Talk about swimming against the current. As much of the world rides the cloud computing tidal wave, Dell is suggesting that no business is too small to buy its first server. I respect Dell but I've got to respectfully disagree with Dell's SMB server assertion.
In Dell's defense, the company has acquired and launched a range of cloud services and managed services. And no doubt, on-premise servers will remain popular for years to come. In the SMB sector, Dell says nearly 3,500 U.S. small businesses have embraced Dell First Server solutions since the offerings launched in 2010. So far, so good. The Dell First Server marketing effort sounds like a good way to get small businesses talking about potential on-premise IT investments.
But a Dell blog suggesting No Business Is Too Small for a First Server seems to stretch the truth, at least in my mind. Back in December, TalkinCloud noted that Karl Palachuk -- CEO of KPE Enterprises Business Consulting -- predicted that 90 percent of small businesses had purchased their last server. Palachuk's statement is noteworthy because he keeps close tabs on the Microsoft small business market. More recently, he's assisted the Intel Hybrid Cloud effort, which connects the dots between on-premise hardware and cloud services.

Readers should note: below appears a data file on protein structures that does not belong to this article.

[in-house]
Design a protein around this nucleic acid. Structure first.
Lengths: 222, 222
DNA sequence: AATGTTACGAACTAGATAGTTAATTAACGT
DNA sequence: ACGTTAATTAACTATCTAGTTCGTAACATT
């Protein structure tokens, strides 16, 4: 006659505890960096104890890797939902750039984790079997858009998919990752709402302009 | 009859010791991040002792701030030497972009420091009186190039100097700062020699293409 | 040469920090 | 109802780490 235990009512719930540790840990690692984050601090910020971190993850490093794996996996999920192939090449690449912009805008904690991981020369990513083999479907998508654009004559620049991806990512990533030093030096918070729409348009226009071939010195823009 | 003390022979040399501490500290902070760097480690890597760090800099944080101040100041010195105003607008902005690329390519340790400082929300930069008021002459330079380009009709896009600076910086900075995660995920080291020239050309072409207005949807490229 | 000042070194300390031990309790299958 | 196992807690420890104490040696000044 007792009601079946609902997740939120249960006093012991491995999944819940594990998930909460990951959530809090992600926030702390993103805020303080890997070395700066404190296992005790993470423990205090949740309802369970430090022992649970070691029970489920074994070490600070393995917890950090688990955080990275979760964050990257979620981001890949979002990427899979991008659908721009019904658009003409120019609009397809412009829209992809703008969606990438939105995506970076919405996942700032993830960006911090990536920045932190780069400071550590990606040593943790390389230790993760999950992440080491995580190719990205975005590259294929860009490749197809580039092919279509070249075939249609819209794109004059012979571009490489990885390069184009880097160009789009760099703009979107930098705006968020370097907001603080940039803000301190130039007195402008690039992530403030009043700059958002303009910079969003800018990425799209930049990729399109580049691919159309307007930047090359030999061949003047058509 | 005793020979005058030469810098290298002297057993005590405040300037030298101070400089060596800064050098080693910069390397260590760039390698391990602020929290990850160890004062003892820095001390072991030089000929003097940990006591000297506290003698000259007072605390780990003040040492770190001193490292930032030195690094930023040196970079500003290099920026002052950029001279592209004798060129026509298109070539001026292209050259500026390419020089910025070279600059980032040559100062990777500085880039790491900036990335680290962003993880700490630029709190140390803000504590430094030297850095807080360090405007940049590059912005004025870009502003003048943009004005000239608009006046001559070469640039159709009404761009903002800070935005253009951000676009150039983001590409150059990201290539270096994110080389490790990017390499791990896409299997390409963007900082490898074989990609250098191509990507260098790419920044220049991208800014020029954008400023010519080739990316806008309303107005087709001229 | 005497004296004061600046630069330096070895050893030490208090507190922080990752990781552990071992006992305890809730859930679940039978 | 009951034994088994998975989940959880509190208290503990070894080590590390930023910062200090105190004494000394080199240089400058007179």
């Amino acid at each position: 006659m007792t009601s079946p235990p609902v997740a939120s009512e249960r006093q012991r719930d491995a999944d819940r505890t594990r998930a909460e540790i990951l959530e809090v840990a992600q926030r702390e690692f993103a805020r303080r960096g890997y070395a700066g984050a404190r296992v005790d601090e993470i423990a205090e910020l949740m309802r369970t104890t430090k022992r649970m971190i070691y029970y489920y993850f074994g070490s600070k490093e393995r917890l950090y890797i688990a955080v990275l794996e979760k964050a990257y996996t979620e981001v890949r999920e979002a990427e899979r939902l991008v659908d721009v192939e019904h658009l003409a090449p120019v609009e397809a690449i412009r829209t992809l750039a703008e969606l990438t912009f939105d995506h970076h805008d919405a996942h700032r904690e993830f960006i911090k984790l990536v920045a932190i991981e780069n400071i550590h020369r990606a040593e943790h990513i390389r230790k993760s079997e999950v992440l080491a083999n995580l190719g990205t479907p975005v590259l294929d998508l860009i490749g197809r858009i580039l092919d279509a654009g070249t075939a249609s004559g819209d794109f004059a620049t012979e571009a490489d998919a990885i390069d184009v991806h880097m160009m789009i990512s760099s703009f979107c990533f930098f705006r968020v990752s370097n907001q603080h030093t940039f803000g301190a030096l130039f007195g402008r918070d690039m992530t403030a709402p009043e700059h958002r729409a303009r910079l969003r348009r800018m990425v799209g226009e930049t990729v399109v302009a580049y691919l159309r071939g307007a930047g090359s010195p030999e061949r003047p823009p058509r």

Within our own company -- roughly 15 contributors and consultants scattered across North America -- I can't imagine purchasing a server. We're all using smart endpoints (notebooks, smartphones, tablets) to link to hosted and cloud services. I suspect most start-up businesses are pursuing a similar cloud-first, operational expense (OPEX) strategy.
I'm not predicting the death of servers. Plenty of established small businesses prefer on-premise options. But I keep coming back to that Dell headline: No Business Is Too Small for a First Server. In the age of cloud computing I respectfully disagree.
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